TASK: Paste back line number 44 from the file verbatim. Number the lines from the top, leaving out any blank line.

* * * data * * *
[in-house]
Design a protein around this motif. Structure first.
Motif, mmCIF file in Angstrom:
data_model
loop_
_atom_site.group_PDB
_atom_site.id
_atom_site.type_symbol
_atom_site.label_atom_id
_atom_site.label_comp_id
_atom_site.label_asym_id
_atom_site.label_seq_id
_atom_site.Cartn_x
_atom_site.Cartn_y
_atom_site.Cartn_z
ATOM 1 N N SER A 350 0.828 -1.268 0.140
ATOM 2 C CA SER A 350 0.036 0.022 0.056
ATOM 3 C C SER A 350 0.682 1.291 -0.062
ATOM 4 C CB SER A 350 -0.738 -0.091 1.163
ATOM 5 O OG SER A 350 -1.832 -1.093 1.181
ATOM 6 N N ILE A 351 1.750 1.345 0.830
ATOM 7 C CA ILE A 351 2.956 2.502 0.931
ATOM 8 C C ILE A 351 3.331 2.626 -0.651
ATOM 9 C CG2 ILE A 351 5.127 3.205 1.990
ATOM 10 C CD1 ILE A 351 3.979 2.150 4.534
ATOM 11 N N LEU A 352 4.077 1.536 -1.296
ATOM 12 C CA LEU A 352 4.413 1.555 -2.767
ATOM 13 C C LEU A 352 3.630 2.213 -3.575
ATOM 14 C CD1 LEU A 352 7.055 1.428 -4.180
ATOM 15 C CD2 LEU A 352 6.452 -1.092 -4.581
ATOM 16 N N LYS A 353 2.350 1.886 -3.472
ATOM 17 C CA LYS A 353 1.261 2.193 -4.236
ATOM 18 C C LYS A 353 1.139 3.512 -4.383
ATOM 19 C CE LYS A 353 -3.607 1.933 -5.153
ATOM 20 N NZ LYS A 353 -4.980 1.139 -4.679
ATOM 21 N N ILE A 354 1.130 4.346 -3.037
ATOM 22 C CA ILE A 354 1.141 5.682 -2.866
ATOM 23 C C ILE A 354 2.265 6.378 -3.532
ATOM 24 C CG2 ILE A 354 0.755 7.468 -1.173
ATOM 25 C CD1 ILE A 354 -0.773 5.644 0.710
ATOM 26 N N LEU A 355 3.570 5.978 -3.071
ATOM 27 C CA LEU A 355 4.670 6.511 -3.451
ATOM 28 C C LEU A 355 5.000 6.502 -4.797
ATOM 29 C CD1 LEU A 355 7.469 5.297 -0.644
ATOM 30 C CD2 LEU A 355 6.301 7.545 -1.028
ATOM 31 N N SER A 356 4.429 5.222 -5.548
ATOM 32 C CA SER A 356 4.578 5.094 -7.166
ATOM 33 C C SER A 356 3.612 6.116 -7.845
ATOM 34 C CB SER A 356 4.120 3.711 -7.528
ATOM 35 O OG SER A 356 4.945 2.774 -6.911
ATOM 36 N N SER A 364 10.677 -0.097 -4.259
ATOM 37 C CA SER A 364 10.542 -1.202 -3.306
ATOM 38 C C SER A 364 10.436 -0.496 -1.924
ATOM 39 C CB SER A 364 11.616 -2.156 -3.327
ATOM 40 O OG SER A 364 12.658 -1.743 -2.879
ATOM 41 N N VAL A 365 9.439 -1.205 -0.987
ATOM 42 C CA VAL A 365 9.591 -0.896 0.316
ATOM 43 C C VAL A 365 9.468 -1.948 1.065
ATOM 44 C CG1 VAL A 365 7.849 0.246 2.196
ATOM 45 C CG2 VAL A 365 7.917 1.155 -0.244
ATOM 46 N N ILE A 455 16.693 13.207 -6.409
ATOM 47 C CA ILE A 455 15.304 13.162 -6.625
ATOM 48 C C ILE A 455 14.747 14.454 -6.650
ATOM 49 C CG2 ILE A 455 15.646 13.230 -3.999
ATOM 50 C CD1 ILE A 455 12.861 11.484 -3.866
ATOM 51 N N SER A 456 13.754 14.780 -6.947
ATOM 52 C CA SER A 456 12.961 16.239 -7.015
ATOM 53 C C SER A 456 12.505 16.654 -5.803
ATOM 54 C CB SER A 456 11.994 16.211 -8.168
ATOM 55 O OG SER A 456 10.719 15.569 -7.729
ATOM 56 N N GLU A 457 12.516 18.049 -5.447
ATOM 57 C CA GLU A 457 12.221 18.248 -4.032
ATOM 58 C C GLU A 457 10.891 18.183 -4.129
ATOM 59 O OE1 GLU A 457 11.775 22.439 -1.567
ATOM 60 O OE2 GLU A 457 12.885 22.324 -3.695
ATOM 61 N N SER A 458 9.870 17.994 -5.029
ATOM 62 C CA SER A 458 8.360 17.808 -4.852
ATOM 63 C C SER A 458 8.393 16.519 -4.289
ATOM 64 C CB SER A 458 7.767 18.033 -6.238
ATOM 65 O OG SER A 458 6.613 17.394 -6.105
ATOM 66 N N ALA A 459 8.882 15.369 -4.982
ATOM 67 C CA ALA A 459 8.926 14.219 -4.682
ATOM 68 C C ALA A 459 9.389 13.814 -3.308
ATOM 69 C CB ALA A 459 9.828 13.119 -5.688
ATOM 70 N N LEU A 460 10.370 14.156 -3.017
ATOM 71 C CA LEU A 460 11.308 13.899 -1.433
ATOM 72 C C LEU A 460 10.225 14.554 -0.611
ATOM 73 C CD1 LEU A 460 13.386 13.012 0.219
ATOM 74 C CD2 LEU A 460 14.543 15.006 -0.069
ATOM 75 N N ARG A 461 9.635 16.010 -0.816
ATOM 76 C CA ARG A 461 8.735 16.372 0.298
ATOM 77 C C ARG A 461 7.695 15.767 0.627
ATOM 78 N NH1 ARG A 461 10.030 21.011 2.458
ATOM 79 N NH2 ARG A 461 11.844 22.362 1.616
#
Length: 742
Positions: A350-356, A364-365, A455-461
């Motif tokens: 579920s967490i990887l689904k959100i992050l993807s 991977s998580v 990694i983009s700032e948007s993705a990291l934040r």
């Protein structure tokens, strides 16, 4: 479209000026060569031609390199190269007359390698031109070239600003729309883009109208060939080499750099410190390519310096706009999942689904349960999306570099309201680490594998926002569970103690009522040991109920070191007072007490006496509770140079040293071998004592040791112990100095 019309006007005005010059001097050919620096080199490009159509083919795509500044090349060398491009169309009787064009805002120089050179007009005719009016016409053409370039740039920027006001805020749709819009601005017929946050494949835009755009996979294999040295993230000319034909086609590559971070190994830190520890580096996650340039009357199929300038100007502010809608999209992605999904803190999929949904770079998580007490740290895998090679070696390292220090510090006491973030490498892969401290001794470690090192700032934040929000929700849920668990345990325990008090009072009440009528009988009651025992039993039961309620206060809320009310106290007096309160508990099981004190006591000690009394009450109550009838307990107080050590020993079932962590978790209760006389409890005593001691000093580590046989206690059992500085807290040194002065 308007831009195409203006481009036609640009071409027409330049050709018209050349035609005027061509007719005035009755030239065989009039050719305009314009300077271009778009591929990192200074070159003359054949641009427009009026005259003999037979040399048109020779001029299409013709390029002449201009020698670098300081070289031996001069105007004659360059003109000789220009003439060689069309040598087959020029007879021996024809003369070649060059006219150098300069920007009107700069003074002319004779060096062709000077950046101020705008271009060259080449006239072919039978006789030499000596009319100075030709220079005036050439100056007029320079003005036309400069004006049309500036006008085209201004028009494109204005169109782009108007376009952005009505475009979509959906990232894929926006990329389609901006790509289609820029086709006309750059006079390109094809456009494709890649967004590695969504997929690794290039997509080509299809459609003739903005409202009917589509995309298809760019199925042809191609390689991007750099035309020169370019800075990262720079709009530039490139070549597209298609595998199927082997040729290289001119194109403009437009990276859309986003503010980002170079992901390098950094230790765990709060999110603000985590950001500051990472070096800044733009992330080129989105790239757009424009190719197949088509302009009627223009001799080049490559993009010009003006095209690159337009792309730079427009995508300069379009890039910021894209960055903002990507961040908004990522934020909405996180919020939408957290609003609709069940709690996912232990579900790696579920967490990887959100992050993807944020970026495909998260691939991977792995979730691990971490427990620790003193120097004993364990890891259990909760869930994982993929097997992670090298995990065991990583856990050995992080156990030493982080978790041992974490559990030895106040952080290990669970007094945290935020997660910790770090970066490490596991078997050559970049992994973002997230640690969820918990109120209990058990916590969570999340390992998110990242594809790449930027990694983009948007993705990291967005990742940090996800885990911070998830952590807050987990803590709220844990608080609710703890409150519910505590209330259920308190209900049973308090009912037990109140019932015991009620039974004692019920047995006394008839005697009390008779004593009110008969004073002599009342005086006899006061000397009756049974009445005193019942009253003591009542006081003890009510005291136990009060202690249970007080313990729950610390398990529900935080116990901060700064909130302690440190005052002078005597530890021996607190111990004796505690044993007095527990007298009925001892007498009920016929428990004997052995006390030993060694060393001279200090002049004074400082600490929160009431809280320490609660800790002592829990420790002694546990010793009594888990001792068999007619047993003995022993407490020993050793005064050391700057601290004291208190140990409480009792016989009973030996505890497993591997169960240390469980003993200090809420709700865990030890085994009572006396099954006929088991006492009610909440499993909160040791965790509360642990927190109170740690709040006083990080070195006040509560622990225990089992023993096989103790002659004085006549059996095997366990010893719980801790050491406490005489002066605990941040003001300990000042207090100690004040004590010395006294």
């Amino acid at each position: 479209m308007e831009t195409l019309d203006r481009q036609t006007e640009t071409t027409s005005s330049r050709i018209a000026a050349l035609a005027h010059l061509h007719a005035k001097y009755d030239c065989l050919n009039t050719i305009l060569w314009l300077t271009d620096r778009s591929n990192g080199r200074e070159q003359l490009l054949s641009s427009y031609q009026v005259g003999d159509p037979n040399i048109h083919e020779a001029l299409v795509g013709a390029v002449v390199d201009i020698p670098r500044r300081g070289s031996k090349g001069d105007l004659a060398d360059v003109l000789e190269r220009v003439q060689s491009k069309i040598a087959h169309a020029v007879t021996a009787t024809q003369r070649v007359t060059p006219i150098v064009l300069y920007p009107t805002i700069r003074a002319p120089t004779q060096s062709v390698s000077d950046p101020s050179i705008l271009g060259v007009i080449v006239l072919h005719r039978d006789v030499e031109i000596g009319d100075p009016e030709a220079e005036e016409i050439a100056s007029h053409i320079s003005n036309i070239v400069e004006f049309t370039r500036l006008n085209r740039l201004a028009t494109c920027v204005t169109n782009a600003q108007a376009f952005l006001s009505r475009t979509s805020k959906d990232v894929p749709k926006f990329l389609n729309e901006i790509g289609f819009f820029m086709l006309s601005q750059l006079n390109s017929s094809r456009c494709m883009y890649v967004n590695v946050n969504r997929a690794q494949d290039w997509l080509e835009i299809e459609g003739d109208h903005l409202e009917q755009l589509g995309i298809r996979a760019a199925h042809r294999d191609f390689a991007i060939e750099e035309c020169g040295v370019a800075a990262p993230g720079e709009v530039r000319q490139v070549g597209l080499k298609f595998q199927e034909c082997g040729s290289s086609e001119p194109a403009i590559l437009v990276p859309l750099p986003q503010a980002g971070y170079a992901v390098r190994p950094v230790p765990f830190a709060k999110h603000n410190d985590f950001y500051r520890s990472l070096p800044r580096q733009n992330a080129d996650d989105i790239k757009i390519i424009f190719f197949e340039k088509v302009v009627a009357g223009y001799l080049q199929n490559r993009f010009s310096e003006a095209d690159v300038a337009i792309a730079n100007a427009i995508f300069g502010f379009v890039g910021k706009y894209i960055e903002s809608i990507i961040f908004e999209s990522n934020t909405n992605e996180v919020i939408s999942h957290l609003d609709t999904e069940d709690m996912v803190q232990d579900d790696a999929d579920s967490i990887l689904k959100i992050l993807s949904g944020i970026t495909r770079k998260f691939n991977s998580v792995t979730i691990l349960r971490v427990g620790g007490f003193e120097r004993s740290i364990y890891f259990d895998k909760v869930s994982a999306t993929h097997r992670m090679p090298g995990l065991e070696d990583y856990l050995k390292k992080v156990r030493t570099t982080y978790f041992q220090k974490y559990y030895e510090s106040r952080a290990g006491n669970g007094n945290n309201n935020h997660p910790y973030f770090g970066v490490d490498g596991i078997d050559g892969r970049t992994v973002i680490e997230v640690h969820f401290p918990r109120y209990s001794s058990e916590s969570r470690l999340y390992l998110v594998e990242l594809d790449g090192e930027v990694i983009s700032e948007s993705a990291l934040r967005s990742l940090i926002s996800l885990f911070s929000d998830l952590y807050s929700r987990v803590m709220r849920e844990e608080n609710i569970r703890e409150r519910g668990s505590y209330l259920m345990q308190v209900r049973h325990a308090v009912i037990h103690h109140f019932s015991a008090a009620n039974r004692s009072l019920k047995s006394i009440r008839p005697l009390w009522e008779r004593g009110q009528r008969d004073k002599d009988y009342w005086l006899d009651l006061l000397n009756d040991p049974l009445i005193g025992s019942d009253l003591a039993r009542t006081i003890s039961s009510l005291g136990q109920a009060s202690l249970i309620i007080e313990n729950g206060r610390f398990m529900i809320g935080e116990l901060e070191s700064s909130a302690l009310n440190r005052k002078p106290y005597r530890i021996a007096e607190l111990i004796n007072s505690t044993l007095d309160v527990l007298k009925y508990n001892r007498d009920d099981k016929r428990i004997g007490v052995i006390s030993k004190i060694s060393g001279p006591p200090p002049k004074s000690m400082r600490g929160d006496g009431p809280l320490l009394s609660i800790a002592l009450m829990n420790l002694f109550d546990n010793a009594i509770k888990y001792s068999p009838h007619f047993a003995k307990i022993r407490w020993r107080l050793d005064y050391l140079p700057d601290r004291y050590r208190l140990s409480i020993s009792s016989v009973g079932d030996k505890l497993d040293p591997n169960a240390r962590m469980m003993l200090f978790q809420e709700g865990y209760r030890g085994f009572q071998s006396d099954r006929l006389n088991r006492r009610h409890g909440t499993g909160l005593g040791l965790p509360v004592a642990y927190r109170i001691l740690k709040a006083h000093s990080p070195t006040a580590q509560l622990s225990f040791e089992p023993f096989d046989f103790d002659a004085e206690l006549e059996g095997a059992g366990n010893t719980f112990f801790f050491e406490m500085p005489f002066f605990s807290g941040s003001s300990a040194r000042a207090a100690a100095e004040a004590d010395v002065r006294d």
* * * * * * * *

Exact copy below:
ATOM 29 C CD1 LEU A 355 7.469 5.297 -0.644